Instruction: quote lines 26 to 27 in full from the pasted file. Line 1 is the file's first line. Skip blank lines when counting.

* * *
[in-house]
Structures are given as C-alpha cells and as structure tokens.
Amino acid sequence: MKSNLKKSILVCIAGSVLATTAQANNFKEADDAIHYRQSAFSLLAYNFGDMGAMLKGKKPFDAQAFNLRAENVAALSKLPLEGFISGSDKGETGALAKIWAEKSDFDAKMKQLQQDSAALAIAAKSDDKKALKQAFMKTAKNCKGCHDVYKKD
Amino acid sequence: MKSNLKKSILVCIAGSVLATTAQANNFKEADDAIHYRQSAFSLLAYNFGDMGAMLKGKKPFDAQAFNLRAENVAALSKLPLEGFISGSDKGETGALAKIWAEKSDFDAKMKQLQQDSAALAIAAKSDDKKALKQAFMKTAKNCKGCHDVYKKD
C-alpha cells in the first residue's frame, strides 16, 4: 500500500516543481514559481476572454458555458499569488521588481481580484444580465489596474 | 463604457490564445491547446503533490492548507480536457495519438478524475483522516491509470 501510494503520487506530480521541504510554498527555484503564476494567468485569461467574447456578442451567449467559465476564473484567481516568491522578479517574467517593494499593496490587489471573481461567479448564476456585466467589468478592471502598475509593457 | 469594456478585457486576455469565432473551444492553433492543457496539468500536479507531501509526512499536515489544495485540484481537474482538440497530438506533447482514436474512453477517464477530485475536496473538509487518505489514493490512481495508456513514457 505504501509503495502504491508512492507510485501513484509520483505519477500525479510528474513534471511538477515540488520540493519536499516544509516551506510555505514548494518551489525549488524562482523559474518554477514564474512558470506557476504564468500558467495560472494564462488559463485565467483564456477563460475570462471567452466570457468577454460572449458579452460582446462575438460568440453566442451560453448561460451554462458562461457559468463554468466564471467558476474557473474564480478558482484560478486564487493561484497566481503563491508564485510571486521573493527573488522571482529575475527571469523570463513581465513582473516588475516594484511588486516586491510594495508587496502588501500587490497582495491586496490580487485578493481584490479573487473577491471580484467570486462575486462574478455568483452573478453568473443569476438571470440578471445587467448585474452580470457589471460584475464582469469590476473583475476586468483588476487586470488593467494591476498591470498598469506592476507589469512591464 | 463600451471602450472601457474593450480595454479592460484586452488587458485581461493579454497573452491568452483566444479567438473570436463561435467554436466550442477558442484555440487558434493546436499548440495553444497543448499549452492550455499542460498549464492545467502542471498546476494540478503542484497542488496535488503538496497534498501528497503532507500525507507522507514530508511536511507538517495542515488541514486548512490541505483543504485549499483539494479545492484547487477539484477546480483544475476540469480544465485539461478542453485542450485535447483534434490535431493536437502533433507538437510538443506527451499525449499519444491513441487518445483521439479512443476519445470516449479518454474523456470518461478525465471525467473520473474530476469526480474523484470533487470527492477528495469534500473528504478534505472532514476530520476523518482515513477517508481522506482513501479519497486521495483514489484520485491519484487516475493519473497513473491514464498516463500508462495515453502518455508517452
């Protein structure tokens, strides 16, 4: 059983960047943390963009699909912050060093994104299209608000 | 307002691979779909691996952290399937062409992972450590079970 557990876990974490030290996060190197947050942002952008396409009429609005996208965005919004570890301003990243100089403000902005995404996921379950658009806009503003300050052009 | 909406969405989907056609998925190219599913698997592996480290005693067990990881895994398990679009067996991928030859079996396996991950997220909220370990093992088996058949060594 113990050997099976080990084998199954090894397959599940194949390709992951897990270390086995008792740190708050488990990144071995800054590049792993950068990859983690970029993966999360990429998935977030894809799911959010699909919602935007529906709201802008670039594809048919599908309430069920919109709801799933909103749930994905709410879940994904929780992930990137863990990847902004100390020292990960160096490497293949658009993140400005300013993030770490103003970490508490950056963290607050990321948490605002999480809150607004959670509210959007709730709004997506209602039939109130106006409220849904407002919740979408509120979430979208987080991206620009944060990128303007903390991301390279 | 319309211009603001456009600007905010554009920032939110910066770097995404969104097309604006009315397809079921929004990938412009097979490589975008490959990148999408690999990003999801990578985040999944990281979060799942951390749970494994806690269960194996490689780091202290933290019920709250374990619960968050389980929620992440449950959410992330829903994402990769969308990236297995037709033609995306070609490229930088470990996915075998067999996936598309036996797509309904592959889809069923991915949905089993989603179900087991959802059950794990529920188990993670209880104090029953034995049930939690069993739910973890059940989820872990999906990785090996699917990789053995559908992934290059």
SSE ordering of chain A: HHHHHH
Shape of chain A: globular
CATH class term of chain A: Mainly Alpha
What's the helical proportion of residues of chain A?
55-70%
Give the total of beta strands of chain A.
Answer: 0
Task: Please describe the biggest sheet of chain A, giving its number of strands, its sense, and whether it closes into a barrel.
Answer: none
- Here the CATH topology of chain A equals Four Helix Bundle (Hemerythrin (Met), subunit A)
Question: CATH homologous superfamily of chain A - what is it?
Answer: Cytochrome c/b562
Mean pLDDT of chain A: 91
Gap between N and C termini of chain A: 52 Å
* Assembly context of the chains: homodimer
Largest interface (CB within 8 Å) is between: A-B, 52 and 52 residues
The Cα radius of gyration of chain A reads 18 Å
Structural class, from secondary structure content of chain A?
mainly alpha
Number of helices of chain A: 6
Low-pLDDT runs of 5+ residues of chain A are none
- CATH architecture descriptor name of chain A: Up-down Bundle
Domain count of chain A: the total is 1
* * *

Number of helices of chain A: 6
Low-pLDDT runs of 5+ residues of chain A are none